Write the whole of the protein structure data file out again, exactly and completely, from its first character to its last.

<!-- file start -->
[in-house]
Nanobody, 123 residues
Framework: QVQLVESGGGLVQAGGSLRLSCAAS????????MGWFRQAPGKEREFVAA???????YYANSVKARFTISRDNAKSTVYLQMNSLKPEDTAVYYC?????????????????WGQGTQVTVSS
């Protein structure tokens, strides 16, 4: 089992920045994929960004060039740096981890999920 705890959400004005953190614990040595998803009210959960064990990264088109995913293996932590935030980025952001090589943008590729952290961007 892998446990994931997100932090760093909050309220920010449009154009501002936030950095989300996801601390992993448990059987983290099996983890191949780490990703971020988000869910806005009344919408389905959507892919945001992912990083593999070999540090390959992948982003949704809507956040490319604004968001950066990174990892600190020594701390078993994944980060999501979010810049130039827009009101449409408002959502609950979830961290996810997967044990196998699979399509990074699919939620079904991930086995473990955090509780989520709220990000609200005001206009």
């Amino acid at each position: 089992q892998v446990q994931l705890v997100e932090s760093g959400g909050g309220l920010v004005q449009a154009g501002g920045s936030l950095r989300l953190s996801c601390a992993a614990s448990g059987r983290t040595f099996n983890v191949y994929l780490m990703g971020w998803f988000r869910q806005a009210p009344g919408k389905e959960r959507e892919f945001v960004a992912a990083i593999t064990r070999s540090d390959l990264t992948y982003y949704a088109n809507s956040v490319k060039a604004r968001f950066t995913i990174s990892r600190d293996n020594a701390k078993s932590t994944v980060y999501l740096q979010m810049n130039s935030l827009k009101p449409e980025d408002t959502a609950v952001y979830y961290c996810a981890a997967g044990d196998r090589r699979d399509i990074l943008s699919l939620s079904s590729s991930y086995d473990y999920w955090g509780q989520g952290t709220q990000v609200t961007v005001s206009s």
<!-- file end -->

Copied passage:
[in-house]
Nanobody, 123 residues
Framework: QVQLVESGGGLVQAGGSLRLSCAAS????????MGWFRQAPGKEREFVAA???????YYANSVKARFTISRDNAKSTVYLQMNSLKPEDTAVYYC?????????????????WGQGTQVTVSS
């Protein structure tokens, strides 16, 4: 089992920045994929960004060039740096981890999920 705890959400004005953190614990040595998803009210959960064990990264088109995913293996932590935030980025952001090589943008590729952290961007 892998446990994931997100932090760093909050309220920010449009154009501002936030950095989300996801601390992993448990059987983290099996983890191949780490990703971020988000869910806005009344919408389905959507892919945001992912990083593999070999540090390959992948982003949704809507956040490319604004968001950066990174990892600190020594701390078993994944980060999501979010810049130039827009009101449409408002959502609950979830961290996810997967044990196998699979399509990074699919939620079904991930086995473990955090509780989520709220990000609200005001206009």
């Amino acid at each position: 089992q892998v446990q994931l705890v997100e932090s760093g959400g909050g309220l920010v004005q449009a154009g501002g920045s936030l950095r989300l953190s996801c601390a992993a614990s448990g059987r983290t040595f099996n983890v191949y994929l780490m990703g971020w998803f988000r869910q806005a009210p009344g919408k389905e959960r959507e892919f945001v960004a992912a990083i593999t064990r070999s540090d390959l990264t992948y982003y949704a088109n809507s956040v490319k060039a604004r968001f950066t995913i990174s990892r600190d293996n020594a701390k078993s932590t994944v980060y999501l740096q979010m810049n130039s935030l827009k009101p449409e980025d408002t959502a609950v952001y979830y961290c996810a981890a997967g044990d196998r090589r699979d399509i990074l943008s699919l939620s079904s590729s991930y086995d473990y999920w955090g509780q989520g952290t709220q990000v609200t961007v005001s206009s």